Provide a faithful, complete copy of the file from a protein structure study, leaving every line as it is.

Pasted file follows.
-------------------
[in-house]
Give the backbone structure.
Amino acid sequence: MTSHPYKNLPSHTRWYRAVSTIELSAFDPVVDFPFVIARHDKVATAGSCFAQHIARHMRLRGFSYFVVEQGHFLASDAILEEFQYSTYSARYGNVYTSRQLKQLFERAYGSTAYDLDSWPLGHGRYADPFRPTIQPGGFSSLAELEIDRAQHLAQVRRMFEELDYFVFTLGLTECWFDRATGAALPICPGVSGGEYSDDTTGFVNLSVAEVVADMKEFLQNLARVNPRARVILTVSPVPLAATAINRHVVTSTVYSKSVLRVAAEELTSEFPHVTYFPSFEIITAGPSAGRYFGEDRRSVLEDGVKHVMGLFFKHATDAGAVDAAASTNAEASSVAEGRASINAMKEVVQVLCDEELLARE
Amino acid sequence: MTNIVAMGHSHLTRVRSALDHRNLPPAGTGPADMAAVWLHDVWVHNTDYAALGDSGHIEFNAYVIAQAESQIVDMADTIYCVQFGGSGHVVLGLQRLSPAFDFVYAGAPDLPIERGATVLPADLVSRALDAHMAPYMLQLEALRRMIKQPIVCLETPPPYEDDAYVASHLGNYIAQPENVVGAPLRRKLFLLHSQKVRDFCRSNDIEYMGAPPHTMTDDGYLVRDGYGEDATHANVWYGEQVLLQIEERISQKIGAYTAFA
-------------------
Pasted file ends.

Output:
[in-house]
Give the backbone structure.
Amino acid sequence: MTSHPYKNLPSHTRWYRAVSTIELSAFDPVVDFPFVIARHDKVATAGSCFAQHIARHMRLRGFSYFVVEQGHFLASDAILEEFQYSTYSARYGNVYTSRQLKQLFERAYGSTAYDLDSWPLGHGRYADPFRPTIQPGGFSSLAELEIDRAQHLAQVRRMFEELDYFVFTLGLTECWFDRATGAALPICPGVSGGEYSDDTTGFVNLSVAEVVADMKEFLQNLARVNPRARVILTVSPVPLAATAINRHVVTSTVYSKSVLRVAAEELTSEFPHVTYFPSFEIITAGPSAGRYFGEDRRSVLEDGVKHVMGLFFKHATDAGAVDAAASTNAEASSVAEGRASINAMKEVVQVLCDEELLARE
Amino acid sequence: MTNIVAMGHSHLTRVRSALDHRNLPPAGTGPADMAAVWLHDVWVHNTDYAALGDSGHIEFNAYVIAQAESQIVDMADTIYCVQFGGSGHVVLGLQRLSPAFDFVYAGAPDLPIERGATVLPADLVSRALDAHMAPYMLQLEALRRMIKQPIVCLETPPPYEDDAYVASHLGNYIAQPENVVGAPLRRKLFLLHSQKVRDFCRSNDIEYMGAPPHTMTDDGYLVRDGYGEDATHANVWYGEQVLLQIEERISQKIGAYTAFA